From Humble to Haute
In Mexico City, incredible tacos, tortas and tamales abound on every street corner. Now, these simple favourites are popping up at the city’s finest restaurants
In the pink-hued gloom of Dulce Patria’s dining room, my steak arrives borne by a white-shirted waiter. The meat is grilled in the arrachera style, cooked just-medium and deftly seasoned with garlic, thyme and rosemary. It’s thinly sliced, topped with a delicate nest of crispy fried onions and served alongside a tamale, a steamed bundle of corn meal and black beans wrapped in a banana leaf. With great ceremony, the waiter works with a fork and spoon to remove the wrapper and deposit its contents onto my plate. It’s an awkward process, like watching a robot attempt to tie a pair of sneakers, and his careful efforts result in the tamale landing with a wet thud on the white tablecloth in front of me. The waiter apologizes profusely, absconding to the kitchen to summon a replacement tamale.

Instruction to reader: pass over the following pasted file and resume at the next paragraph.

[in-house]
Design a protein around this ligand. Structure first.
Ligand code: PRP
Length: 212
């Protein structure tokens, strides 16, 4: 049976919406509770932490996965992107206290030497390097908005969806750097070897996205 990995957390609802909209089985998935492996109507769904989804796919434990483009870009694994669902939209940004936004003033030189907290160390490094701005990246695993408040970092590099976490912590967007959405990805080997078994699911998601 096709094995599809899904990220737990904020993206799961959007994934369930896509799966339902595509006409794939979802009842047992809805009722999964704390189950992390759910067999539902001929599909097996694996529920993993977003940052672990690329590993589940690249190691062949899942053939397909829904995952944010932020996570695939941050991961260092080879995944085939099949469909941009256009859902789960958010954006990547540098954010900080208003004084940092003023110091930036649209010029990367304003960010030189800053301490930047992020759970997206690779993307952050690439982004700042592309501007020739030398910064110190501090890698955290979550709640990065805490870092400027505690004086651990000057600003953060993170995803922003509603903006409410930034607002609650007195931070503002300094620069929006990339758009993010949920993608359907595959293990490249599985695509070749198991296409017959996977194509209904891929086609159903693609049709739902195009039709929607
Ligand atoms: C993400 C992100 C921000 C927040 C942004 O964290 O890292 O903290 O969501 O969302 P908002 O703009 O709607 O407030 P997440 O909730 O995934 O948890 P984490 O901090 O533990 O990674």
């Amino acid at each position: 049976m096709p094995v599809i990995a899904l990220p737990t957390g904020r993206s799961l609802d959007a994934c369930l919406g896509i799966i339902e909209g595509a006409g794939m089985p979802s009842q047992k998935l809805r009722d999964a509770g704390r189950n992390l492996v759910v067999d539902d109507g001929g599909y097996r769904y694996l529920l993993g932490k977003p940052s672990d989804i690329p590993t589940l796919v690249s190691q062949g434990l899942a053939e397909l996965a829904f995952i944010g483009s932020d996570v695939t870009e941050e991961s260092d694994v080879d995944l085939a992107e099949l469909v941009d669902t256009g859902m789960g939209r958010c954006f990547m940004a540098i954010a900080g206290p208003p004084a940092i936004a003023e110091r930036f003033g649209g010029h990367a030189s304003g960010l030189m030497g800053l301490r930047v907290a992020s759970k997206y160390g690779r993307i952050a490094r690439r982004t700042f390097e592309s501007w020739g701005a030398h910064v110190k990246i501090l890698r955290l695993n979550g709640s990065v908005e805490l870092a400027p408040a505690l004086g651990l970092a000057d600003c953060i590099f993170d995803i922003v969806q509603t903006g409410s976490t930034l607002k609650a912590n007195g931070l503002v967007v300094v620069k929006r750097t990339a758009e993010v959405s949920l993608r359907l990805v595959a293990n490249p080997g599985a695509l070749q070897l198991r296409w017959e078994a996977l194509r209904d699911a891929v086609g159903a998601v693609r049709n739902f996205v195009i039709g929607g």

Mexico City is a place whose culinary identity is inextricably bound to street food, the ubiquitous mobile kitchens hawking tacos, tortas and tamales on every street corner, and Dulce Patria is one of several top restaurants that have endeavoured to elevate these simple dishes to the realm of haute cuisine. The basic formula is the same as you’d find outside any metro station, but the ingredients, methods, and of course, price, are entirely befitting of a fine dining establishment. When the new Dulce Patria tamale emerges from the kitchen and is successfully unwrapped on my plate, it is superb. The cornmeal is buttery and pillow-soft, the beans delicately spiced and bearing a faint trace of smoky roasted chiles. Street food has made the transition to white-linen establishments, but it’s not without the occasional logistical hiccup.